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Ford adds F-150 with diesel engine to lineup

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DETROIT— Ford Motor Co. is offering a diesel engine in its F-150 pickup for the first time.

Heavy duty trucks like the F-250 or F-350 have always had diesel engines, but full-size trucks like the F-150 have not. Ford is hoping to gain some customers from rivals Ram and Nissan, which both offer diesels in their full-size trucks.

The F-150 is the best-selling vehicle in the U.S.

Ford expects the F-150 to get 30 miles per gallon on the highway with the new 3.0-liter V6 diesel and a 10-speed transmission. That's 4 mpg better than the current most efficient gasoline-powered F-150.

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The company offers six engine choices for the F-150. It says the diesel is targeted at customers who tow or haul big loads and want better fuel economy.

Ford expects around 5 percent of F-150 buyers will opt for the diesel, which costs $4,000 on the Lariat and Platinum versions or $3,000 on the King Ranch.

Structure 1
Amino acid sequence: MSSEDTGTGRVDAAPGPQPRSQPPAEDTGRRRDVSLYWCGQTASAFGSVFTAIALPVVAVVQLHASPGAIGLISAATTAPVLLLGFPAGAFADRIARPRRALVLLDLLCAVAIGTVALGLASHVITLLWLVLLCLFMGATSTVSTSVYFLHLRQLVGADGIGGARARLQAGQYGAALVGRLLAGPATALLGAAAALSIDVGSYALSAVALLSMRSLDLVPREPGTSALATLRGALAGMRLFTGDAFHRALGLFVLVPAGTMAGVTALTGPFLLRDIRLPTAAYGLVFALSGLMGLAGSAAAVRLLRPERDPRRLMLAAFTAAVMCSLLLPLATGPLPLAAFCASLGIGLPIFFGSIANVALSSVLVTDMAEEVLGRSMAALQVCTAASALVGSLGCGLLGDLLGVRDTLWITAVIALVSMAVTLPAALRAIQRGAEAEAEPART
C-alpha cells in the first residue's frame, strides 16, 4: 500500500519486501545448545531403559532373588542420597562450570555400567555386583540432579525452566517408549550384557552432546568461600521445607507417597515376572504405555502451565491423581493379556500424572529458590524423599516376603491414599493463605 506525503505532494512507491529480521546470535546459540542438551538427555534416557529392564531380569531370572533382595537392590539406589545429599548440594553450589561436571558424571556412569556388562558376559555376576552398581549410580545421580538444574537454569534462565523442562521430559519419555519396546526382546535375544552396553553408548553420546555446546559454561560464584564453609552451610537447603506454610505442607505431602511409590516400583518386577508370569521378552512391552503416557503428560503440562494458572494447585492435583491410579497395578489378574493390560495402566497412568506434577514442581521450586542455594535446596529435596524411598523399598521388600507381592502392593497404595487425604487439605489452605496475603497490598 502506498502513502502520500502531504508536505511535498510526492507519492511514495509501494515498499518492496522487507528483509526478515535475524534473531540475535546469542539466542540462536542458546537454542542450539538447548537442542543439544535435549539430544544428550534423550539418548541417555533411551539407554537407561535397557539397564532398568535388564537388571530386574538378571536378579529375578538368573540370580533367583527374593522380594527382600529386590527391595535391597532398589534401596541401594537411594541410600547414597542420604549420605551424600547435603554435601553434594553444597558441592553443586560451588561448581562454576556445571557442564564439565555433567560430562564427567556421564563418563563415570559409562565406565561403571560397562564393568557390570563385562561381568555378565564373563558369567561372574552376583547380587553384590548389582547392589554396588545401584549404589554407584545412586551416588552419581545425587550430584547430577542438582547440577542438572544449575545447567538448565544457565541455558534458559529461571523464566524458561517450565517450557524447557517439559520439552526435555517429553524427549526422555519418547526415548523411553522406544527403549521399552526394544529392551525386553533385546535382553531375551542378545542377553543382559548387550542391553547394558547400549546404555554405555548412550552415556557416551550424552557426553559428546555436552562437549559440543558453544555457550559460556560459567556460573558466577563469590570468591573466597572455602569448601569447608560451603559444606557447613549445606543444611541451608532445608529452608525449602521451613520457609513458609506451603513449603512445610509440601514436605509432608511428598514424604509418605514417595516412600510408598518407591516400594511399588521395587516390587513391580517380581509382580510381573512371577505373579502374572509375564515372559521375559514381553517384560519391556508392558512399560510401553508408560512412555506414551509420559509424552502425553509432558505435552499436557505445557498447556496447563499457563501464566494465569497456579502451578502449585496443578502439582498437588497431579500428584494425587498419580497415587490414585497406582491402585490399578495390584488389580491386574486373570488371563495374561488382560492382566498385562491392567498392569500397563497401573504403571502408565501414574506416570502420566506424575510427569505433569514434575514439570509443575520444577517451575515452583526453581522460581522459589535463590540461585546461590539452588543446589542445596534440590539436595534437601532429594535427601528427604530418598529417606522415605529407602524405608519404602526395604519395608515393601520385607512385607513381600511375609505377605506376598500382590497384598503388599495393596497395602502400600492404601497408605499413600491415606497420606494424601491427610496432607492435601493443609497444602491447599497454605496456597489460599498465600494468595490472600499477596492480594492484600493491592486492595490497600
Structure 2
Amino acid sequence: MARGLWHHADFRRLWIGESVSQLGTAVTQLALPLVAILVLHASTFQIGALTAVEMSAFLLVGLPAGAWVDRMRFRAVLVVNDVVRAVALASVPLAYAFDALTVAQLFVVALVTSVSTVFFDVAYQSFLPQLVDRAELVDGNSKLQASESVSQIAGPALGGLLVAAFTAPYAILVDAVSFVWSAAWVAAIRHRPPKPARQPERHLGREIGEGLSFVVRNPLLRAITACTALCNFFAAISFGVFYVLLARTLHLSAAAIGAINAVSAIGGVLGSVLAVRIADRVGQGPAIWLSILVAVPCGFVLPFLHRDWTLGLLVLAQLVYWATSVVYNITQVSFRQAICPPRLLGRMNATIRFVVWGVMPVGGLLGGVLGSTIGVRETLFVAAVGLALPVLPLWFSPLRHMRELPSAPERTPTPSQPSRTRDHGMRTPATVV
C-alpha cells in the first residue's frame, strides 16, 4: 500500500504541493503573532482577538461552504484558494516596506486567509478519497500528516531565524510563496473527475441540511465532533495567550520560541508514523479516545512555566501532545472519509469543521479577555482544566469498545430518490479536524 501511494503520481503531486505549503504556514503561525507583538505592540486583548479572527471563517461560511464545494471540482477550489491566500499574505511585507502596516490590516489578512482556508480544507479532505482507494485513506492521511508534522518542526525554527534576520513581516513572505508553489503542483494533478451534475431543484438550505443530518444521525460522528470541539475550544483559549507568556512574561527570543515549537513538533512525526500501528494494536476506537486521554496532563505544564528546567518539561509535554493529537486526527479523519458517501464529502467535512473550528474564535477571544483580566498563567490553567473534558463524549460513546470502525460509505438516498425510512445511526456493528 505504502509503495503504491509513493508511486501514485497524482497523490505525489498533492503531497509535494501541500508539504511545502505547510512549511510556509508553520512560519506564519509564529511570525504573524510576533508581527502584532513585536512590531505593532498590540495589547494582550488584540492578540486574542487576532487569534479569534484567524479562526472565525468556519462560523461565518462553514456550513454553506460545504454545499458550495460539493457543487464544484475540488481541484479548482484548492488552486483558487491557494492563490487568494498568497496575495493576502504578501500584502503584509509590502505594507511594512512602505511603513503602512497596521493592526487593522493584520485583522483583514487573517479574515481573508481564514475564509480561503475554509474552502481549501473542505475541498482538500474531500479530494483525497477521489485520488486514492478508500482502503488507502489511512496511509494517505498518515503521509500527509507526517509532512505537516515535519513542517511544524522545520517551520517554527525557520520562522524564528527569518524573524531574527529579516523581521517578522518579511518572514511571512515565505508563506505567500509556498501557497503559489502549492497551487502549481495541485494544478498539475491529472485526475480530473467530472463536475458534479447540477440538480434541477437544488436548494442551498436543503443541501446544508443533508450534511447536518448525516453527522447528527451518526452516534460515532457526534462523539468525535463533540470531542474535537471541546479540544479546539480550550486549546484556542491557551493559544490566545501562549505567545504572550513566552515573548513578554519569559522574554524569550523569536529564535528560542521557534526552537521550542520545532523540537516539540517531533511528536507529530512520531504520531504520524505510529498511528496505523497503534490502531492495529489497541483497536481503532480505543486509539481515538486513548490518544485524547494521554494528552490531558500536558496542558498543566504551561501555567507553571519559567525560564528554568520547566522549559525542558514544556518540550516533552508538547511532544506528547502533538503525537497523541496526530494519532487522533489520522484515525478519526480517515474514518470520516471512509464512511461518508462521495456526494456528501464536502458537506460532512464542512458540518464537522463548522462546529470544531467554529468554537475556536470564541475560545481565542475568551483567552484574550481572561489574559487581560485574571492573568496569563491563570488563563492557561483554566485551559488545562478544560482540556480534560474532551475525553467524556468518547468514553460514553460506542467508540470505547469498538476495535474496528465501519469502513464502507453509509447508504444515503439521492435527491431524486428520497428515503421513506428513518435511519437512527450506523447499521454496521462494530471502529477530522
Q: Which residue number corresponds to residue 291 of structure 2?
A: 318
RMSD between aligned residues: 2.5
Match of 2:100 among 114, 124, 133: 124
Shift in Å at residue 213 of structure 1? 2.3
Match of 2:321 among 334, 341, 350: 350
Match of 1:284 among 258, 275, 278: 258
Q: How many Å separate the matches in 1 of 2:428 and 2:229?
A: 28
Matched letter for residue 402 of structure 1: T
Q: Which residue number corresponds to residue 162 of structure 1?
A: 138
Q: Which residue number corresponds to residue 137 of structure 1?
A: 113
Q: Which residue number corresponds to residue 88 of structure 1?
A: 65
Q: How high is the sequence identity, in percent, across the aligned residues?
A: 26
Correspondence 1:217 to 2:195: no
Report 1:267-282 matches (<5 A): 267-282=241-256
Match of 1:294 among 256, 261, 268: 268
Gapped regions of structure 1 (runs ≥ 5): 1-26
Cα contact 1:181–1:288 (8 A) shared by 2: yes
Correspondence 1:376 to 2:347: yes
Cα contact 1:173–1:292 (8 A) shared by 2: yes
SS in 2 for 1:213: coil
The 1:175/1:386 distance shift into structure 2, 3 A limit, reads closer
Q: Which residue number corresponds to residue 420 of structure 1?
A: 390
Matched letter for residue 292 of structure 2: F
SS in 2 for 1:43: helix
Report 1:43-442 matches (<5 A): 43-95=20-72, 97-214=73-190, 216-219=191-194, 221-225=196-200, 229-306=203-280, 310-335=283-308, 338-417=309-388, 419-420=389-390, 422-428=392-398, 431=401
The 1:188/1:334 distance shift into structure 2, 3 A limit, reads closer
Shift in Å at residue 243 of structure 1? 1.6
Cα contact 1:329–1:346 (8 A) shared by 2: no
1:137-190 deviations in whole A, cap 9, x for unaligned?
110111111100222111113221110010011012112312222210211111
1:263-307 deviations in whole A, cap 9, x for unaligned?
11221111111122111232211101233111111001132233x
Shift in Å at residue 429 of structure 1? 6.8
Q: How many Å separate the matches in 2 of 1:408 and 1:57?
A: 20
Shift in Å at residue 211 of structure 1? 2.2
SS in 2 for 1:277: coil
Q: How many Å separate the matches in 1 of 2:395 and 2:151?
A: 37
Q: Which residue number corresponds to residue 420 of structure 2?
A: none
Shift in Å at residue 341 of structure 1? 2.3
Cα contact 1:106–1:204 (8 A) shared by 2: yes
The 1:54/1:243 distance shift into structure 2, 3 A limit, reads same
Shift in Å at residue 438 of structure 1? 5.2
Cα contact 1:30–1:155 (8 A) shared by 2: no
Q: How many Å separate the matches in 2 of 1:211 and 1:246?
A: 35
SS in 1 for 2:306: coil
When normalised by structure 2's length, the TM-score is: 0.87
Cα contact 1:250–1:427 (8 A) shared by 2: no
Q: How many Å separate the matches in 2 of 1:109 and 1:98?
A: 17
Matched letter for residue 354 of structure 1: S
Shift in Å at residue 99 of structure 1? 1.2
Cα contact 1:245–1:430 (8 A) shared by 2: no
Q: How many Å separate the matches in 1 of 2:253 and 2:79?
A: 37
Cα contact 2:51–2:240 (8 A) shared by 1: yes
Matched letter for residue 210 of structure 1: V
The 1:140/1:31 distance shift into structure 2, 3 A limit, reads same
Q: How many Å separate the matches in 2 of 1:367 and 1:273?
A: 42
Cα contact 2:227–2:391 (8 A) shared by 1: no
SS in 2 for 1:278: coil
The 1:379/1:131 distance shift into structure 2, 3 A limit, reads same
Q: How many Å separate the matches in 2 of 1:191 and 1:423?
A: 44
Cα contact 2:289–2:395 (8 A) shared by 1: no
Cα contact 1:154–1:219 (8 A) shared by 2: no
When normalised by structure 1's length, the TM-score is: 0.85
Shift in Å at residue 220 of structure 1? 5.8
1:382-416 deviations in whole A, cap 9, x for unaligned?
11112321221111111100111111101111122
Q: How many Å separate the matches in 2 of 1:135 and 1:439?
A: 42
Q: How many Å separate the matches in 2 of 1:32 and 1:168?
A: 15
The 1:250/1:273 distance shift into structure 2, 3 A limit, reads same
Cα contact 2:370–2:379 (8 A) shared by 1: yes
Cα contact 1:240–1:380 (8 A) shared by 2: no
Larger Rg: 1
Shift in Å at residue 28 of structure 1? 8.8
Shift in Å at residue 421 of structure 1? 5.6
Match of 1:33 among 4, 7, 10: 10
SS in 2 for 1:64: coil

Customers can order a diesel F-150 starting this month. Deliveries will begin in the spring.

Here are more details about the F-150 diesel:

— The diesel will put out 250 horsepower and 440 pound-feet of torque.

— It can tow up to 11,400 pounds and has a 2,020-pound payload capacity.

— Ford says the team that designed the 6.7-liter Power Stroke V8 diesel for its heavy-duty trucks designed the engine for the F-150.

— Retail customers can only get the diesel on higher trim levels. Fleet customers will be able to opt for it on the lower XL and XLT trims.

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American truck buyers spend an average of $46,844 on pickup trucks, according to Kelley Blue Book. That's more than the starting price of luxury SUVs like the Mercedes GLC or the Lexus RX. In 2016, pickup trucks made up a little more than a third of all vehicles that sold for over $50,000.

Ford announced last year that it would spend $4.5 billion to introduce 13 new electric and hybrid vehicles globally within the next five years -- including a hybrid version of its best-selling F-150 pickup truck by 2020.

"In the long term, the trend will continue to be toward lower emissions and more electrified vehicles," Joe Hinrichs, Ford's president for the Americas, said in April.  

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